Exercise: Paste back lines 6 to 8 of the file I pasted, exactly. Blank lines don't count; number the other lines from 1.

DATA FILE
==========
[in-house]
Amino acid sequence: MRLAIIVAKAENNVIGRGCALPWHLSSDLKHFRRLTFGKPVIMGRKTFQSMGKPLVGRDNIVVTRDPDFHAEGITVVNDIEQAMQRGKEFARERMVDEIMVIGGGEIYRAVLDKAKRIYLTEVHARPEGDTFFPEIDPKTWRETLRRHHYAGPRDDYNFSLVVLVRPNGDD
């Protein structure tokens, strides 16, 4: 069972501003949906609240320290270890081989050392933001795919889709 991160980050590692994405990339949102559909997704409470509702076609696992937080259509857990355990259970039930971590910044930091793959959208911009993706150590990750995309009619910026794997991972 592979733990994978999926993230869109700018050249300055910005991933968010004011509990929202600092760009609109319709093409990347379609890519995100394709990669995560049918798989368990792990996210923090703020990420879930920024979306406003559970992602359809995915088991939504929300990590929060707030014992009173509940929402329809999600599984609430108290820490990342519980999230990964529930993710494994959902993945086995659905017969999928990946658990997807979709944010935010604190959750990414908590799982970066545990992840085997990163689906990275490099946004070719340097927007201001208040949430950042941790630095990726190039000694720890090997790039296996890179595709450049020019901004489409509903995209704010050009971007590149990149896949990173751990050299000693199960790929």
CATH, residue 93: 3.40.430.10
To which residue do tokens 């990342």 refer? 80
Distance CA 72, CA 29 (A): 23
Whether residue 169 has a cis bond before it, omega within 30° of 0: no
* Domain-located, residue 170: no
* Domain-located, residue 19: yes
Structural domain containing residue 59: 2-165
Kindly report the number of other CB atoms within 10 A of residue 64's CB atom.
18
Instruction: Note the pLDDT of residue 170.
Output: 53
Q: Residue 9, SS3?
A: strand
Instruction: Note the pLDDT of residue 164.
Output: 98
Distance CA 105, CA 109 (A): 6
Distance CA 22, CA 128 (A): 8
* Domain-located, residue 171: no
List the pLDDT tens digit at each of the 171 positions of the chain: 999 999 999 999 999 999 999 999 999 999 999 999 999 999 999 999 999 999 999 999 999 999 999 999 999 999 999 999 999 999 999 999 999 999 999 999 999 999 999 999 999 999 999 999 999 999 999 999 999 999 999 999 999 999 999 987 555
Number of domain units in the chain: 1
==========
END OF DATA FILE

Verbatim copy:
Distance CA 72, CA 29 (A): 23
Whether residue 169 has a cis bond before it, omega within 30° of 0: no
* Domain-located, residue 170: no